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Myanmar migrant workers refuse to pay 2% income tax, Radio Free Asia reports

Myanmar nationals working abroad say they won’t pay income tax to their country’s junta as required by a newly passed law unless they are guaranteed protection of their labor rights, while others oppose funding what they see as an illegitimate military regime.

Myanmar’s Union Taxation Law of 2023, signed by junta chief Senior Gen. Min Aung Hlaing, went into effect on Oct. 1, requiring migrant workers to pay a portion of their income to the regime. The new law ends an exemption that had been in effect since 2012.

On Dec. 13, the Myanmar Embassy in Bangkok announced a tax rate of 2% on the earnings of migrant workers in Thailand.

But workers in Thailand are questioning why they should be forced to make the payments when they are afforded little assistance from the junta in protecting their rights abroad.

“We’ve witnessed many migrant workers suffering violations of their labor rights, but they don’t receive any assistance from Myanmar officials,” said Kyaw Zeya, a Myanmar national who works in Thailand. “So we won’t pay taxes without any protections.”

Migrant workers in Thailand told RFA Burmese that they are already struggling to make ends meet on low wages and that the new income tax will mean additional burdens.

Salaries for migrant workers in factories, workshops, agriculture and livestock, construction, and services is fixed at 7,500 baht (US$220) per month, meaning they will now be required to pay 150 baht (US$5) to the junta from each monthly paycheck.

Myanmar migrant workers in Thailand protest in front of the United Nations office in Bangkok against the junta’s 2% taxation of their income, Dec. 17, 2023. (RFA Photo)

In Japan, the Myanmar Embassy in Tokyo also recently announced a 2% tax on migrant worker incomes.

Under this taxation scheme, a Myanmar national in Japan who earned 200,000 yen (US$1,385) or more each month had to pay the junta 4,000 yen (US$30), while those who earned less had to pay 3,000 yen (US$20). Following resistance to the scheme, the requirements were reduced to 3,000 yen and 1,000 yen (US$5), respectively.

And while labor rights are generally better protected in Japan, Myanmar nationals working in the country told RFA that they prefer to pay their income taxes to the host nation, where the money won’t be spent on funding a military that kills and arrests those who object to its seizure of power in a Feb. 1, 2021 coup d’etat.

“Those [Myanmar nationals] who need to extend their passport cannot avoid the tax,” said Ye Zaw Htet, who lives and works in Japan. “But I refuse to pay a tax that can be used to harm people in Myanmar.”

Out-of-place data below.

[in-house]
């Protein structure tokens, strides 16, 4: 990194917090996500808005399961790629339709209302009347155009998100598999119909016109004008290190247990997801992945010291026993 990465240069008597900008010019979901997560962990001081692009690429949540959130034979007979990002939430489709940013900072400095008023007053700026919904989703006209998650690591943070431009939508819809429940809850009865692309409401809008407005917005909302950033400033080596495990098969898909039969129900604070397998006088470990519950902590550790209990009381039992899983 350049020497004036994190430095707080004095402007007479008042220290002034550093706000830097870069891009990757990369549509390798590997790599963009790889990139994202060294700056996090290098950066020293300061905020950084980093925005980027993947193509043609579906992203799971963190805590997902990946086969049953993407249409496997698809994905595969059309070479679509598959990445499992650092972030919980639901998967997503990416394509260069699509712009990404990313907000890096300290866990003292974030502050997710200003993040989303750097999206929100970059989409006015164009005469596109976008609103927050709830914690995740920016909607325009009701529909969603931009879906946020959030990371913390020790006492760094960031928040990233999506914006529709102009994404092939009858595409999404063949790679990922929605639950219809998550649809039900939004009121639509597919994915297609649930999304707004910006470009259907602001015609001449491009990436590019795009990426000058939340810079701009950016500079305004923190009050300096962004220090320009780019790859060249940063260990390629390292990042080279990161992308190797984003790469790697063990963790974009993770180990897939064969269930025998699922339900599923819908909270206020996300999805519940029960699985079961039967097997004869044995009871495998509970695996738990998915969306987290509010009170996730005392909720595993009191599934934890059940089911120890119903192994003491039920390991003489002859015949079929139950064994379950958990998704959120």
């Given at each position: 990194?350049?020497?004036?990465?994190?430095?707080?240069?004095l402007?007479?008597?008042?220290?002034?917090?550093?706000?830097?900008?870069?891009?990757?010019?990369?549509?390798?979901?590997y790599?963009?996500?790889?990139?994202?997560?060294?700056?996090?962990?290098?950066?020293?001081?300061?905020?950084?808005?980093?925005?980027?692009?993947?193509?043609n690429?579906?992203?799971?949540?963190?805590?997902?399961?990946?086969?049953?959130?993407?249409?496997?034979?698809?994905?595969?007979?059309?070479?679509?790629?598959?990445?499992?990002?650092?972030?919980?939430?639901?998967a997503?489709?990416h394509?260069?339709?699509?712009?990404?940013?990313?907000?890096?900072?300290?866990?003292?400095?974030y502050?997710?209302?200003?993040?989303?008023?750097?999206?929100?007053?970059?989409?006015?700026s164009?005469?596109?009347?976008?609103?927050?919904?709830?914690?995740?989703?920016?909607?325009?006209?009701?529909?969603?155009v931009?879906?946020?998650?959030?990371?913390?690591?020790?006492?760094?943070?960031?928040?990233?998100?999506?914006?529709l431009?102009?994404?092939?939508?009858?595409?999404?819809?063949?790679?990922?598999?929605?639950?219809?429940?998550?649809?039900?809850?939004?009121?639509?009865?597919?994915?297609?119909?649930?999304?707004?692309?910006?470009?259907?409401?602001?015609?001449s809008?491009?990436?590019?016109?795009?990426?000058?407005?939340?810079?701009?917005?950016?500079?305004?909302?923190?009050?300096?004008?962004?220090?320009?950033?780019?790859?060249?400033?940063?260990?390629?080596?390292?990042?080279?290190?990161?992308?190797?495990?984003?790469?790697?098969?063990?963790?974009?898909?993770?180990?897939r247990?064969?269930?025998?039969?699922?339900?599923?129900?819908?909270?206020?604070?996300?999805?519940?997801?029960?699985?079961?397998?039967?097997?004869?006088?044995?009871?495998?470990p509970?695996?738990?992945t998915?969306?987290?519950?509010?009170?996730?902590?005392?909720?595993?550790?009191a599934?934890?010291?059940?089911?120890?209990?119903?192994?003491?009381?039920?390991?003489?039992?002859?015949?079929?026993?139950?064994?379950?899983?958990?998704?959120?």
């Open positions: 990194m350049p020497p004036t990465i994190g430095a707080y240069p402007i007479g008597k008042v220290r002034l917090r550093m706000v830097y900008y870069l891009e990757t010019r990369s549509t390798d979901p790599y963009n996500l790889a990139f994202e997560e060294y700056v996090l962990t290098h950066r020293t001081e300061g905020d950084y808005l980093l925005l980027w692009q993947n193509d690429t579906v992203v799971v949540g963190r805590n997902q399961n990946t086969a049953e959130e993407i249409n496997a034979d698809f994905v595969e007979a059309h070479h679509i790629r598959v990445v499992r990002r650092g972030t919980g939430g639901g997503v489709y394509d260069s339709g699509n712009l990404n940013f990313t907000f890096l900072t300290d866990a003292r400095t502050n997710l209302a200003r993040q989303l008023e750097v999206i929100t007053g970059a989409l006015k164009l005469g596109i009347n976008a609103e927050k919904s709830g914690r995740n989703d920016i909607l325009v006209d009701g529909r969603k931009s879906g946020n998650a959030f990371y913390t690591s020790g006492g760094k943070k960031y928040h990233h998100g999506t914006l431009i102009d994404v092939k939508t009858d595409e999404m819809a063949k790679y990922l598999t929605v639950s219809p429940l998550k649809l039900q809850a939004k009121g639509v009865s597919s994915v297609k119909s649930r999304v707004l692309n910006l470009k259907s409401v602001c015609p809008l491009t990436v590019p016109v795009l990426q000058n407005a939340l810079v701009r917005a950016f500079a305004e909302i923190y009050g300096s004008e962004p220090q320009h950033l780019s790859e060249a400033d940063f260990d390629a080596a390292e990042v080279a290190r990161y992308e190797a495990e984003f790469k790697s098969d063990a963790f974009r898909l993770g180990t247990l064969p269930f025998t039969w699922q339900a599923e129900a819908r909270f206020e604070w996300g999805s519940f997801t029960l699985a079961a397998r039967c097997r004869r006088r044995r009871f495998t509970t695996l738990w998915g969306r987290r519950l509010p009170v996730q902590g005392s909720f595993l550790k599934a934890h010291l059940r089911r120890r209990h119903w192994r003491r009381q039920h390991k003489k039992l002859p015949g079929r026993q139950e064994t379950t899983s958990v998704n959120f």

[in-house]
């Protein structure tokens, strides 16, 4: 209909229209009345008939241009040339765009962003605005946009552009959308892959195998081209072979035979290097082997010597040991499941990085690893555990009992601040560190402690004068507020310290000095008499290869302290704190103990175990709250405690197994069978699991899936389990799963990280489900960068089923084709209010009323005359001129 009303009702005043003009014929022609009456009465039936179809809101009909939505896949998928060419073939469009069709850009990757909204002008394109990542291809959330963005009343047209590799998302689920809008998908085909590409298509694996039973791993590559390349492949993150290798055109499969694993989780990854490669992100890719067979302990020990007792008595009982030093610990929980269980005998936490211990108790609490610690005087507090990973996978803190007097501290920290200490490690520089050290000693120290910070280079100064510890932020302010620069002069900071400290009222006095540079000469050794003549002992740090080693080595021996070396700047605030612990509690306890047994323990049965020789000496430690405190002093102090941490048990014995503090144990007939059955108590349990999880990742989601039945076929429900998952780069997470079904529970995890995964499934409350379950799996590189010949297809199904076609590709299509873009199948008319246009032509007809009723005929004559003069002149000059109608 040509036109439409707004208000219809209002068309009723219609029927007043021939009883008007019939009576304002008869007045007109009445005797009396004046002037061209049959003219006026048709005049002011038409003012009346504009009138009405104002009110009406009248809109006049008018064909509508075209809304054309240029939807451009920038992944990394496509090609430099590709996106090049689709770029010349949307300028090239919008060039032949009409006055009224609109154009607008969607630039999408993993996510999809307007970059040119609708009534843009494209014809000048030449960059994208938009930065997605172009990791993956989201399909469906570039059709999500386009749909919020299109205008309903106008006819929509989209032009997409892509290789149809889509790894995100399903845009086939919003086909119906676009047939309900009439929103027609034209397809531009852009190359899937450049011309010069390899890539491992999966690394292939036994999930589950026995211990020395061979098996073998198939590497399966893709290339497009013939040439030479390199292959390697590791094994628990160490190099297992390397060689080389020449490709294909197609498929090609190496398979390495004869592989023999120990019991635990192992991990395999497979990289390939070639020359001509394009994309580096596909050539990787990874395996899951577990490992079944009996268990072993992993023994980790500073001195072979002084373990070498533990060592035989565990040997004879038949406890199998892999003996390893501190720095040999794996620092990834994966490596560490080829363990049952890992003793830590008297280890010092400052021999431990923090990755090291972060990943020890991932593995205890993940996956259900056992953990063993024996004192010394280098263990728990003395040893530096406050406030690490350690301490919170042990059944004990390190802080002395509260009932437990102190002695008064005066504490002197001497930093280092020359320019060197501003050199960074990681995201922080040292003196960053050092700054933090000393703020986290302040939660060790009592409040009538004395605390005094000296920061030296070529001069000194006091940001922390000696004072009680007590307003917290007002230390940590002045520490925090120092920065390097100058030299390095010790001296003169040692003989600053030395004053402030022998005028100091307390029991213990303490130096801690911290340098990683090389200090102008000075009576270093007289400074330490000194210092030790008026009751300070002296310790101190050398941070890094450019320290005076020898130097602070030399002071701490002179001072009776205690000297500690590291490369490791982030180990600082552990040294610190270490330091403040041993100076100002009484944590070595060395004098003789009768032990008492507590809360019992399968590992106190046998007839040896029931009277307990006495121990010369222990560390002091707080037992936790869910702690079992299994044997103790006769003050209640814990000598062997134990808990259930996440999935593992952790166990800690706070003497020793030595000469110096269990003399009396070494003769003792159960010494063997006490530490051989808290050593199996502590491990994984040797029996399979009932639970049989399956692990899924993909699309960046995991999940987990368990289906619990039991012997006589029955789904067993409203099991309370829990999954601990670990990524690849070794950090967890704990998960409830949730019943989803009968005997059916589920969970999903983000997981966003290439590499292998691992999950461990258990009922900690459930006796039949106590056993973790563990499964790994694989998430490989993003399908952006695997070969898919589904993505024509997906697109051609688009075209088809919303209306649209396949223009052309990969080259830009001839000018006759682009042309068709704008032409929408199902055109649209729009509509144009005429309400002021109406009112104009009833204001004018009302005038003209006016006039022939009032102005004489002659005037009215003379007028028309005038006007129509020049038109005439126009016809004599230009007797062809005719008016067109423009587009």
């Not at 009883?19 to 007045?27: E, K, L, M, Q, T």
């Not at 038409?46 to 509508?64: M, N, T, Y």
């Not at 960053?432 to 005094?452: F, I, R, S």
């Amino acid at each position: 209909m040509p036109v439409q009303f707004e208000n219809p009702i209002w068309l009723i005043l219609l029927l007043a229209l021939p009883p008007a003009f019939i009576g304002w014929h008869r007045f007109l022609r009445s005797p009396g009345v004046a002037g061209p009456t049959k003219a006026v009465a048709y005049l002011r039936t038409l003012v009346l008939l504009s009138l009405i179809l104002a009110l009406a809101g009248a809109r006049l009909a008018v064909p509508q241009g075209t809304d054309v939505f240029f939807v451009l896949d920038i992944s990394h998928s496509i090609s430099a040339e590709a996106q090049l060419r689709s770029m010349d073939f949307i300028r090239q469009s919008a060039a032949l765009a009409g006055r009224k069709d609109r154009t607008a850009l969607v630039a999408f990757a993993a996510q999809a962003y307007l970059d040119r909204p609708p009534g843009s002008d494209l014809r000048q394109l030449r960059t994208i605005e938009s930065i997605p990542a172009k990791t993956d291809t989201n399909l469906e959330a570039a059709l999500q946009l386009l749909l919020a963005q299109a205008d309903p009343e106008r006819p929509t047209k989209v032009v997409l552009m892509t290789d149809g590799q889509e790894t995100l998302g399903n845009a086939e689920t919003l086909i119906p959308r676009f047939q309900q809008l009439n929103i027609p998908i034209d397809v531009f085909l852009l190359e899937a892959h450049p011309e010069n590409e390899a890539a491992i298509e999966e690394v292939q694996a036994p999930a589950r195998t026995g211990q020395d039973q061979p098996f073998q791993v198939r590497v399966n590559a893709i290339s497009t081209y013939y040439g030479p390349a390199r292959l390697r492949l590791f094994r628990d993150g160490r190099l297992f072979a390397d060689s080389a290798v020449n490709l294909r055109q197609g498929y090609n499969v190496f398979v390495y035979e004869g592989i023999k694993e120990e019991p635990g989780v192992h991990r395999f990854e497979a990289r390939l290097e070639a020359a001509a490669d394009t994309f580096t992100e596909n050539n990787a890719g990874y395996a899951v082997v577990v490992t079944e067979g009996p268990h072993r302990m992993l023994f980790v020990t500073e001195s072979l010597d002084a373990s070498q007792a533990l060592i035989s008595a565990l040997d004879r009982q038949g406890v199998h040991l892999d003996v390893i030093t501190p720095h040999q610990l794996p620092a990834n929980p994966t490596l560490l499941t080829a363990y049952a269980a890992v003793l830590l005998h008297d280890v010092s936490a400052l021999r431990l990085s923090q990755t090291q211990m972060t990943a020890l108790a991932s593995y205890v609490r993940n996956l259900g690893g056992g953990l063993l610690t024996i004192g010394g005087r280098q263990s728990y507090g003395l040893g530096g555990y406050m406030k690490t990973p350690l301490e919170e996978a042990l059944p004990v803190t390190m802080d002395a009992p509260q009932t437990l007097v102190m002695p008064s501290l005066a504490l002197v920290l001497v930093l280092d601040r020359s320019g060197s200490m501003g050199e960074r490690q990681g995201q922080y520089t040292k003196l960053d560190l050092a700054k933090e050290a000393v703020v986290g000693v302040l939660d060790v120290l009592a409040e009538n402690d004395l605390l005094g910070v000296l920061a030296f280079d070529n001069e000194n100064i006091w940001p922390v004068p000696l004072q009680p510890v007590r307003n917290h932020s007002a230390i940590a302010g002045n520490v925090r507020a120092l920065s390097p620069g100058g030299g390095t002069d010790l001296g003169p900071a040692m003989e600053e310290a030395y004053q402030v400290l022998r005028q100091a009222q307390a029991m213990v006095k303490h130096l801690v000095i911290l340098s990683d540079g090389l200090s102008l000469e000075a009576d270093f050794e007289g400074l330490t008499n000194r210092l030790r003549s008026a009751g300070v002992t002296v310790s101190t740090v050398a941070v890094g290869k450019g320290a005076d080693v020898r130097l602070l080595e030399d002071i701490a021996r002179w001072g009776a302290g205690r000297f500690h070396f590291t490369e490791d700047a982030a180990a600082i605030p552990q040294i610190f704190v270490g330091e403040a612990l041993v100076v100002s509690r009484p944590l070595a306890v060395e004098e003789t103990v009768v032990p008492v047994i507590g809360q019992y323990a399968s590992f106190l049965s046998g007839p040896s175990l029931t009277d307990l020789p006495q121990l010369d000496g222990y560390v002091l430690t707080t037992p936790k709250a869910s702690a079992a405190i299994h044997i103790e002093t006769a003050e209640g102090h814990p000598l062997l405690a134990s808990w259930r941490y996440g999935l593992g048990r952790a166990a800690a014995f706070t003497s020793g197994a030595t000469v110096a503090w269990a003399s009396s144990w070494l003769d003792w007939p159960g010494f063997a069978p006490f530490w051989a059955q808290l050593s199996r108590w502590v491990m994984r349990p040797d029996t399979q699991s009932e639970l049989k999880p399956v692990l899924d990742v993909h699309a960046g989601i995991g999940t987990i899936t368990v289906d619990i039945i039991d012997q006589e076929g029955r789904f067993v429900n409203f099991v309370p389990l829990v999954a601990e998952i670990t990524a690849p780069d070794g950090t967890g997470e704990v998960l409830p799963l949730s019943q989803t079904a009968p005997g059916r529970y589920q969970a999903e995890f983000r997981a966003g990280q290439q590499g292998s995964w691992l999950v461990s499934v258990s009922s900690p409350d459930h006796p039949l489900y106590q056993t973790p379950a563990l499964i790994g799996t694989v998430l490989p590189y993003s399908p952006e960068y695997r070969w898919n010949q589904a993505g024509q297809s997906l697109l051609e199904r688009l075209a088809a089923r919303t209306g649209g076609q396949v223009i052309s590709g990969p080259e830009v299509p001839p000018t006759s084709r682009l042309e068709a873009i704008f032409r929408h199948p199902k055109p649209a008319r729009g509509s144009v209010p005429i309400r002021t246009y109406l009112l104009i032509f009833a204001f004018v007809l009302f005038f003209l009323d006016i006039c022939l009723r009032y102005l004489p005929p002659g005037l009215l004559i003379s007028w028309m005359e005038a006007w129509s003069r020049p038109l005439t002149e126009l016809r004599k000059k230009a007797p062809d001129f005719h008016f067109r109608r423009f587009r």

Migrant workers who have paid the tax receive a certificate, which is needed to renew one’s passport, apply for labor ID cards and request certain official documents.

Funding a civil war

Analysts RFA spoke with said that the junta wants additional revenue to fund its purchase of aviation fuel, arms and ammunition, even while Myanmar has seen its economy contract and foreign investment vanish amidst a raging civil war.

With an estimated 5 million Myanmar nationals working in Thailand, the junta can expect to earn nearly 750 million baht (US$22 million) per month at a rate of 150 baht per worker.

From Singapore, where around 300,000 Myanmar nationals work and are required to pay a tax rate of 2%, the junta can expect to earn some 2.4 million Singapore dollars (US$1.8 million) per month.

One Myanmar citizen in Singapore who is working as a technician and spoke on condition of anonymity due to security concerns, said they will only pay taxes to a government with a legitimate mandate.

“We aren’t talking about a tax payment,” the worker said. “We will pay taxes to both our home and host countries for the development of our country under an elected government. But we aren’t willing to pay the coup regime.”

Sein Htay, an economist, said that regardless of how it is generated, government revenue “should be spent for public development programs and services, not for war expenses,” and certainly not to fund a civil war.

Living quarters in a camp where Thai and Myanmar construction workers reside in Bangkok. (Lillian Suwanrumpha/AFP)
Living quarters in a camp where Thai and Myanmar construction workers reside in Bangkok. (Lillian Suwanrumpha/AFP)

Attempts by RFA to contact Myanmar’s embassies in Tokyo, Bangkok and Singapore, as well as the junta’s Planning and Finance Ministry, for their response to criticism of the taxation plan went unanswered by the time of publishing.

However, Nyunt Win, the permanent secretary of the junta’s Labor Ministry, characterized the tax scheme as a way to pay for “work permits” for Myanmar nationals overseas.

“Work permits abroad have no connection to the government in the homeland,” he said. “The tax is needed to pay to the home country.”

In addition to the recent taxation plan, the junta has forced migrant workers to hand over 25% of their salaries to the regime when remitting money home through official transfer channels.

Myanmar migrant workers in Thailand staged a protest against the monthly 2% taxation plan in front of the United Nations’ office in Bangkok on Dec. 17, which received a message of support from the Ministry of Labor under the country’s shadow National Unity Government.

Translated by Aung Naing. Edited by Joshua Lipes and Malcolm Foster.


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